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Las Vegas divorce and property division: hidden assets

Hidden assets are not a major concern in most Nevada divorce cases. There are of critical concern and frequently an issue, however, in high-asset divorce cases that involve complex financial assets.

Although hiding assets in a divorce is illegal and can have severe consequences, spouses are often willing to risk those consequences for various reasons. In some cases, it’s just about the money and the fear of not having enough after the divorce. In others, it’s about “winning” or simply inflicting additional harm on the other spouse.

Should you be concerned? Signs that a spouse may be trying to hide or minimize assets for purposes of the divorce and property division:

  • Large yet not “out-of-the-ordinary” purchases (e.g. artwork for the office, items purchased in connection with a personal hobby such as a stamp collection)
  • Large asset transfers (often to friends, family members, business partners or “fake” corporate entities)
  • A private safe or a personal safe deposit box
  • Underreported income on financial statements or tax returns
  • Overpayments to creditors
  • Deferred salary, bonuses and commissions
  • Sudden debts (i.e., fake debts to friends, family members or business associates — payments recovered after the divorce process has concluded)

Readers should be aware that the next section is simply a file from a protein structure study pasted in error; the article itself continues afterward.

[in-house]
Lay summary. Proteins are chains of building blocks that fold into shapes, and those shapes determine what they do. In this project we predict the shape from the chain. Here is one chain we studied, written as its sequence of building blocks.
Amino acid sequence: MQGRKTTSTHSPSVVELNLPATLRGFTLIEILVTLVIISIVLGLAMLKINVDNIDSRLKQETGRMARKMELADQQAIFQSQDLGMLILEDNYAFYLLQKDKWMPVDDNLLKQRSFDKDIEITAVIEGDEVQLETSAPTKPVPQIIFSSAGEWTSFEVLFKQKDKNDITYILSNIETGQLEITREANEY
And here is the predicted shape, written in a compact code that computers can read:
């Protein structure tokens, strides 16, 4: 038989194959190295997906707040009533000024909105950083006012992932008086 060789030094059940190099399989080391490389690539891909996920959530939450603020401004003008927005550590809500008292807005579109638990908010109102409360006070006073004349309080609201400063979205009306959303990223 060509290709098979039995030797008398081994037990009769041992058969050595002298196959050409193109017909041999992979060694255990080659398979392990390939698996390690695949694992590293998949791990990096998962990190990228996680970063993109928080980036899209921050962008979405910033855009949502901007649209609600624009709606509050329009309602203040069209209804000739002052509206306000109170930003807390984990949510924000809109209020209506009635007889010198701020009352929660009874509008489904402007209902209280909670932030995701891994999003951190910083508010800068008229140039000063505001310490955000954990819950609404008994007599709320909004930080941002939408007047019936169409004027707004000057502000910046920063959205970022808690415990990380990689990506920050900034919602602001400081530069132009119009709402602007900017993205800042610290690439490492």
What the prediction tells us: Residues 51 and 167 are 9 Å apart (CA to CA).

• The existence of custodial or joint bank accounts set up using the Social Security numbers of children or a third person

The more involved you have been in the financial aspects of your married life, the easier it will generally be to identify legitimate red flags. Keep in mind, however, that many of these items only raise the possibility that a spouse is trying to conceal assets — they are not conclusive evidence of guilt.

Since the burden of proving your spouse is hiding assets will be on you in a divorce (and because doing your own detective work could get you into legal trouble), working with a divorce lawyer and, if necessary, financial professionals who know how to identify and establish the existence of hidden assets is critical.

Source: Forbes, “Divorcing Women: Here’s Where Husbands Typically Hide Assets,” Jeff Landers, March 14, 2012

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